A few short months ago, Jan Harding was almost killed after she drank iced tea that was mixed with chemicals. Harding drank a single sip of sweetened iced tea at Dickey’s Barbecue in South Jordan, UT and stated, “I think I just drank acid”. After investigation authorities confirmed, “A restaurant employee unintentionally put the heavy-duty cleaner lye in a sugar bag, and another worker mistakenly mixed it into the iced tea dispenser. Lye, which looks like sugar, is an odorless chemical used for degreasing deep fryers”. The restaurant quickly reassured consumers that Harding was the first and only to drink from this botched batch of iced tea, and no one else was harmed. Other allegations have arisen of incidents with this particular chemical in this restaurant chain, Dickey’s has not provided comment.Google+
No one expects to find themselves trapped in a morgue freezer while they are still alive. “A California family who claims a loved one was prematurely declared dead, and then “frozen alive” while trying to escape a morgue freezer, has filed a lawsuit against the hospital”. In 2010, 80 year-old Maria de Jesus Arroyo was pronounced dead from a heart attack at White Memorial Medical Center in Boyle Heights, CA. At this time she was laid out for her family to pay their respects, then was put in a body bag and taken down to the hospital morgue. She was then placed in a refrigerated compartment, awaiting pick up by the mortician; this is where the nightmare began. Read MoreGoogle+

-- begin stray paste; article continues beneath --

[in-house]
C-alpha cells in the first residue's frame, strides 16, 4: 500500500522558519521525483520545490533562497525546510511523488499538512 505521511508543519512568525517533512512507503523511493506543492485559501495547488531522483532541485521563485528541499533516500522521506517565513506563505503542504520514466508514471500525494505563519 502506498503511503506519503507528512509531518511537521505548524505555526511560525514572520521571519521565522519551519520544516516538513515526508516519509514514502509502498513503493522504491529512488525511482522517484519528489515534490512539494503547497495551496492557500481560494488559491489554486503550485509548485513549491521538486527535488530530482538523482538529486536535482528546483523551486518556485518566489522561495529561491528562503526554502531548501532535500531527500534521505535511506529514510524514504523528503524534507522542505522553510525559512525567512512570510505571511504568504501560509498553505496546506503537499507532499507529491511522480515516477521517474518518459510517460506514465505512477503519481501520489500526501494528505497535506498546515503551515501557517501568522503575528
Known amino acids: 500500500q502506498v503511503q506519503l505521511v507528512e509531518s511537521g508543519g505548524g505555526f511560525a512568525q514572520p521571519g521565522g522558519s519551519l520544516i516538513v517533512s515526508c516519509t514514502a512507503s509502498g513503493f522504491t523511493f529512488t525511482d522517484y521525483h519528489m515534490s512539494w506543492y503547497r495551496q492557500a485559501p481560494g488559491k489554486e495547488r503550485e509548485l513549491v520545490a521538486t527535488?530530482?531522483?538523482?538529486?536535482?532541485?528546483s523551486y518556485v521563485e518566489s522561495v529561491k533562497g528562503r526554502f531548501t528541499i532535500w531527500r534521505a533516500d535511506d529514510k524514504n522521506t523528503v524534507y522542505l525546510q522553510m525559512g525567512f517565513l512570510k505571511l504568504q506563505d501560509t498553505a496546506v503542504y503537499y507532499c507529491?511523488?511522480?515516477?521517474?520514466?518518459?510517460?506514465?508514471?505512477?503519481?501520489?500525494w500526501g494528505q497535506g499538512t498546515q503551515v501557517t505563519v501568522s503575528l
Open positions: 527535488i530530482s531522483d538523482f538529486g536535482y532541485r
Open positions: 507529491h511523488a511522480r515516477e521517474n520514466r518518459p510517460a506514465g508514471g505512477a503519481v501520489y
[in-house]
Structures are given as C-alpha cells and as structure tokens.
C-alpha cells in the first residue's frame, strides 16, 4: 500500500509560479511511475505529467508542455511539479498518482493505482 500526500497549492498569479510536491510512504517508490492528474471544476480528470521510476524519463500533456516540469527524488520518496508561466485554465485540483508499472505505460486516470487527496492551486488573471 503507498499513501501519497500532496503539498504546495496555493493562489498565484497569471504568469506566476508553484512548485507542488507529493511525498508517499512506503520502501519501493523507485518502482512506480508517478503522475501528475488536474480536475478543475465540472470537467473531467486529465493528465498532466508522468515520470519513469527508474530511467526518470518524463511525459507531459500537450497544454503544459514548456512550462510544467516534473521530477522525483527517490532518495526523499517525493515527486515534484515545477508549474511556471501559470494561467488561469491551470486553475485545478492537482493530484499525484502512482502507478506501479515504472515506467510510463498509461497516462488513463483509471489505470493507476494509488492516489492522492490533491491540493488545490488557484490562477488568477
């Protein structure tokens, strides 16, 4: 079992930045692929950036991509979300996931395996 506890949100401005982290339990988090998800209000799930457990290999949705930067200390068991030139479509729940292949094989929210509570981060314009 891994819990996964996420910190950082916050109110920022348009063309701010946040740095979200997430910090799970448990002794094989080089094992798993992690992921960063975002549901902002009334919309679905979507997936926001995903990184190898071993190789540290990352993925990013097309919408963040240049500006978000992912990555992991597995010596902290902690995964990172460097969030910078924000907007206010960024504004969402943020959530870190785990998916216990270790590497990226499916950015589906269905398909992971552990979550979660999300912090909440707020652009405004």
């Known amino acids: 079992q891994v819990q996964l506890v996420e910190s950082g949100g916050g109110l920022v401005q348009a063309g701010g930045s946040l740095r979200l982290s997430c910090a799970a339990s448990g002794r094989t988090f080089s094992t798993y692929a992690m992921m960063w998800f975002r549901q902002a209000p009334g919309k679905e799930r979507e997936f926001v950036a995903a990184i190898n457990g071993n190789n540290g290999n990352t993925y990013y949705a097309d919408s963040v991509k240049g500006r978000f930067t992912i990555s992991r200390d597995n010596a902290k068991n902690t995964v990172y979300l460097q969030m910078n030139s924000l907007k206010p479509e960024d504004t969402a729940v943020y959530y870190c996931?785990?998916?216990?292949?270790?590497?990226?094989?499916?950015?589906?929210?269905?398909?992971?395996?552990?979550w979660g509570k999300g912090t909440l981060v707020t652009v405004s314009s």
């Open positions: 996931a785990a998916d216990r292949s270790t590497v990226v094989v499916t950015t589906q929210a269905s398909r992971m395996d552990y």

Imagine waiting for someone you love dearly to arrive and when they do, you open the door to the taxi and they are dead. Sounds terrible, right? Well, that is was happened to a mother from North Carolina, Deborah Washington, who found her son A’Darrin Washington, “unresponsive and cold to the touch,” when he arrived home in a taxi. A’Darrin Washington was discharged from Cumberland County Hospital and died on Nov. 22, 2011 at the age of 30 and was a patient of the hospital for 10 years. Ms. Washington is suing the security firm whose guards are accused of forcibly removing her son from a hospital even though he was allegedly dying or possibly already dead. Read MoreGoogle+
Everyone makes mistakes, even those whose sworn mission is to protect and serve or to do no harm. Two settlements were announced this week that demonstrate exactly that. In Brooklyn, New York, a woman whose doctors’ negligence resulted in the amputation of her arms and legs was awarded $17.1 million. In Tallahassee, Florida, the negligence of the police concerning a woman who was murdered during a botched drug sting operation led to a $2.4 million settlement for her family. In both these cases, the professionals in charge, the ones whose judgement is awarded a certain amount of trust, made bad decisions that led to unfortunate consequences. Everyone makes mistakes, but the law in general isn’t there to prevent that. Rather, the law and the court system are intended to pursue justice among an otherwise ambivalent world. And so, the silver lining: in Florida, a new regulation, called “Rachel’s Law” after the woman in question, was enacted to train policemen better and set up new guidelines in the use of criminal informants.
- More on the amputation settlement
- More on the police negligence settlement
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